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Familial DNA Testing Nabs Alleged Serial Killer

Soulskill posted more than 3 years ago | from the relatively-incriminating dept.

Biotech 258

cremeglace writes "A quarter-century of conventional detective work failed to track down the killer responsible for the deaths of at least 10 young women in south Los Angeles dating back to the mid-1980s. But a discarded piece of pizza and a relatively new method of DNA testing has finally cracked the case, police announced last week. On July 7, L.A. police arrested Lonnie Franklin Jr., 57, a former garage attendant and sanitation worker they suspect is the serial killer nicknamed the 'Grim Sleeper.' The key evidence? A match between crime-scene DNA and the suspect's son, obtained by a search through the state's data bank of DNA collected from 1.3 million convicted felons."

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258 comments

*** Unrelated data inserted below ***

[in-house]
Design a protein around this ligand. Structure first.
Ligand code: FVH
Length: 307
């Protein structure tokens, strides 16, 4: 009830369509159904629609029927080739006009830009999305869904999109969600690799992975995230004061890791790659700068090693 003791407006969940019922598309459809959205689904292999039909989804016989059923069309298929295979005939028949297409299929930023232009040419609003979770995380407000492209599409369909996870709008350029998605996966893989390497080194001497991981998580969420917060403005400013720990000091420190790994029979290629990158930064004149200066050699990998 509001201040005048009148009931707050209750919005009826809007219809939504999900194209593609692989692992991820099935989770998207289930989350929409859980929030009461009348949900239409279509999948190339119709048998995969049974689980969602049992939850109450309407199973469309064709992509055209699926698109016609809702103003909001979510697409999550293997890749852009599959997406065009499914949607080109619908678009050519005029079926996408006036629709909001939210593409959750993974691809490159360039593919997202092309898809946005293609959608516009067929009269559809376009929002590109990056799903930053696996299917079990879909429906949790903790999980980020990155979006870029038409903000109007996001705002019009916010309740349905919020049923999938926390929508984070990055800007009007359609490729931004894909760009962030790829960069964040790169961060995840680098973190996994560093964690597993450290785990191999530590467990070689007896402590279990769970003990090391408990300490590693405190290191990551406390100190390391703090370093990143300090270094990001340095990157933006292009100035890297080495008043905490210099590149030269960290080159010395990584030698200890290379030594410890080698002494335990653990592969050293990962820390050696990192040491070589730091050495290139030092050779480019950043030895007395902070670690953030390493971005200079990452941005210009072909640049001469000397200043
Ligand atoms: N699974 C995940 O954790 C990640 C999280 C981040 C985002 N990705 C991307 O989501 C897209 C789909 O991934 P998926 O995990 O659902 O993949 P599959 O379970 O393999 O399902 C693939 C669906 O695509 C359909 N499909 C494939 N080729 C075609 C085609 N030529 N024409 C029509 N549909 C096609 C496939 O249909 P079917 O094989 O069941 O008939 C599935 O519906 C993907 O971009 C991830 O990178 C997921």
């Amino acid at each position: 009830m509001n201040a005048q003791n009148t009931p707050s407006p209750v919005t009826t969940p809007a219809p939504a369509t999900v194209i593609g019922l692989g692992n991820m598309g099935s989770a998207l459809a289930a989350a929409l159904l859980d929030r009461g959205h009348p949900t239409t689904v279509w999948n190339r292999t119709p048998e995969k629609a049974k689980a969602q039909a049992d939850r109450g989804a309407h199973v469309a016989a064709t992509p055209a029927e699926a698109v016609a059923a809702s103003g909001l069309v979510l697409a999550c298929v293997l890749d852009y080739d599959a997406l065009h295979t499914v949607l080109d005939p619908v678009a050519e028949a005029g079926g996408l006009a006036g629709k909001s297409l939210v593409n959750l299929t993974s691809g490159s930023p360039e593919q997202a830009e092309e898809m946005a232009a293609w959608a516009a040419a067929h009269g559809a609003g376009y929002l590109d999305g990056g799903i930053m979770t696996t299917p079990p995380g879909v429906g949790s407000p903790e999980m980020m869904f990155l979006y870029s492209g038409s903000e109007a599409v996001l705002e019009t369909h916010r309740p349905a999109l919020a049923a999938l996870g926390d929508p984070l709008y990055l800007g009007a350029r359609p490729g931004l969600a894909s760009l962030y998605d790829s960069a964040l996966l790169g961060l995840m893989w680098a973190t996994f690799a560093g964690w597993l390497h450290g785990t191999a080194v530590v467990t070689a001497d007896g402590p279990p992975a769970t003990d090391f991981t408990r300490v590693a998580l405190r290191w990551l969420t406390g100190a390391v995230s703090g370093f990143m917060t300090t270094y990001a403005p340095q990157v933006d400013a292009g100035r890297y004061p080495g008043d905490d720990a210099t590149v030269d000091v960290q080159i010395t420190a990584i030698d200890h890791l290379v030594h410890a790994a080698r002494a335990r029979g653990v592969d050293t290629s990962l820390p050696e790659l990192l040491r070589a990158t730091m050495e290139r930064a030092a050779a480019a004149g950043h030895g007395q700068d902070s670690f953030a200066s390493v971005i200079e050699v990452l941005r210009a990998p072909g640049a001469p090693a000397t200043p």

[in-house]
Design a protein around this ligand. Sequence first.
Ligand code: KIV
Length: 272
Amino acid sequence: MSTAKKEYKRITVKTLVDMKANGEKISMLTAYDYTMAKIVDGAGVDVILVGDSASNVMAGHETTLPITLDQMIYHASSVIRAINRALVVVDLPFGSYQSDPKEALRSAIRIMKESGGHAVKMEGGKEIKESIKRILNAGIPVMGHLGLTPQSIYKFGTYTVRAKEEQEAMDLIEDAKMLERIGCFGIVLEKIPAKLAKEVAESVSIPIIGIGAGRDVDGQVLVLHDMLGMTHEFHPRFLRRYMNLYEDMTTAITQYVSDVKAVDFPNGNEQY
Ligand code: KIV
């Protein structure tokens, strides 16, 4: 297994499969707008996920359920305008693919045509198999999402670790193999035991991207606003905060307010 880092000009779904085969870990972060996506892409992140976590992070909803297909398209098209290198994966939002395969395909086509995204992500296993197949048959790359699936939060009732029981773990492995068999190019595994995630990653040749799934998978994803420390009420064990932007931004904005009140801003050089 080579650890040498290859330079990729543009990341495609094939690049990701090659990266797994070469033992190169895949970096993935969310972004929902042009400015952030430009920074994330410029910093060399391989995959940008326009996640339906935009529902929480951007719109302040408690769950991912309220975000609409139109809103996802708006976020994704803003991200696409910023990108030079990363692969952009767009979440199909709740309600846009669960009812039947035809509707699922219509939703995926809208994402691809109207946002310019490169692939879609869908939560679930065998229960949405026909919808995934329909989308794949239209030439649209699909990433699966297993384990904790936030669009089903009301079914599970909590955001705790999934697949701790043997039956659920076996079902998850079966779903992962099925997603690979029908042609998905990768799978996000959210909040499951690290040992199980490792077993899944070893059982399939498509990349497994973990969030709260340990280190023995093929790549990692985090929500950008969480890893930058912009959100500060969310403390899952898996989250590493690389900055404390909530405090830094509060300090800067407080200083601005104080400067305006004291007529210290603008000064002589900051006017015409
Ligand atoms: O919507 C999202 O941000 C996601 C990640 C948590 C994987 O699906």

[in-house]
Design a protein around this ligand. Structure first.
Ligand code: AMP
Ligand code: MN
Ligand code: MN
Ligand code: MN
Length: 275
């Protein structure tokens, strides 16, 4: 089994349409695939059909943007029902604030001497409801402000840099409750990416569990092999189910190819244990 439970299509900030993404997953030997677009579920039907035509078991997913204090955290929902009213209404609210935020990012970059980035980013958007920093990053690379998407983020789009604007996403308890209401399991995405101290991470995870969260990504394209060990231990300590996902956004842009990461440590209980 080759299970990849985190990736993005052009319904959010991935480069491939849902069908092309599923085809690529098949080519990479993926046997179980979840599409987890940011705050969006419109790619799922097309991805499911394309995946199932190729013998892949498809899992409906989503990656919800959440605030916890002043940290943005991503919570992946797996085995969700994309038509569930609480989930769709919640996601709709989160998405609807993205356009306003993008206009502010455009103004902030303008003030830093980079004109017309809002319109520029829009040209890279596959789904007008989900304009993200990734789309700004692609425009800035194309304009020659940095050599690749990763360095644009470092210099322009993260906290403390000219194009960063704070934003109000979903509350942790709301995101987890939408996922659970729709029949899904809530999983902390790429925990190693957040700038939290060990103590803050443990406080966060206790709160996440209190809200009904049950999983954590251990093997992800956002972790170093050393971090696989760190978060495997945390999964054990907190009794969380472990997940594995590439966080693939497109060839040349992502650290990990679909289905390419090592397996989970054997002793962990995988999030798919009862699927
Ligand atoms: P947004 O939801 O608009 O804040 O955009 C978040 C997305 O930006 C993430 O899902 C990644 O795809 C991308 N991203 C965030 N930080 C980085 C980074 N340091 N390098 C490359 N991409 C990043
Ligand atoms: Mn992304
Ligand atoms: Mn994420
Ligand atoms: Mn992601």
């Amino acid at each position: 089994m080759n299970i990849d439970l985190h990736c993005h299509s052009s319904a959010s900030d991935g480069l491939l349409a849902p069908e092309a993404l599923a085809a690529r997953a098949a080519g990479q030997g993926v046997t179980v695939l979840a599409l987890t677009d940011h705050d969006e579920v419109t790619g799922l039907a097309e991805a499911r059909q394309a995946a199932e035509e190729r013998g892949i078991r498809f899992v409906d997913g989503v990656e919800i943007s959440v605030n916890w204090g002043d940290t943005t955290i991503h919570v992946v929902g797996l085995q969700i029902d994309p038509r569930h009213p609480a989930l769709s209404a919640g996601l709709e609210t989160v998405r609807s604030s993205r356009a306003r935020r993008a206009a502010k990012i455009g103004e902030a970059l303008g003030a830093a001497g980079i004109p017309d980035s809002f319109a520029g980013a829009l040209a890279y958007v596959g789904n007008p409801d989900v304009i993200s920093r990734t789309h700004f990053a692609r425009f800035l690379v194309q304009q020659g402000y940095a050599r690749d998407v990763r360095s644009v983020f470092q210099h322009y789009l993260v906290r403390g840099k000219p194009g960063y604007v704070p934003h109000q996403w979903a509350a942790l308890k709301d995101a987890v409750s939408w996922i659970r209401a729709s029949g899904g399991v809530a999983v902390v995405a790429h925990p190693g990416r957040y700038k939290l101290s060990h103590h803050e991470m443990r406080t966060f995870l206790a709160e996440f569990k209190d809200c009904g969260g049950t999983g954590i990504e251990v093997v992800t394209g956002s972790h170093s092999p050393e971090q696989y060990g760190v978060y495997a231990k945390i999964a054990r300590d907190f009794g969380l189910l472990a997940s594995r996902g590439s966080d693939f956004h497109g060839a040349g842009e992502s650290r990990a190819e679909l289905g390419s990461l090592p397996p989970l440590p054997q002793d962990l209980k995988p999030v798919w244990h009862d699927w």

And for our next trick: (0)

Anonymous Coward | more than 3 years ago | (#32879792)

We'll be comparing death records with DNA testing to determine health care eligibility. YEAH!

Why don't they find the serial killer gene instead (-1, Flamebait)

elucido (870205) | more than 3 years ago | (#32879798)

Why don't they find the serial killer gene instead

It makes more sense to me to find the gene that produces serial killers and cure it while it's in the fetus stage rather than wait until the serial killers become adults and genetically profile and scan everyone.

We have figured out at least some of the genes responsible for violent tendencies. Why not figure out if it's possible to shut these genes off in mice and work from there?

Sources:
http://discovermagazine.com/2006/apr/violence [discovermagazine.com] psychiatric genetics

Re:Why don't they find the serial killer gene inst (5, Funny)

tisepti (1488837) | more than 3 years ago | (#32879834)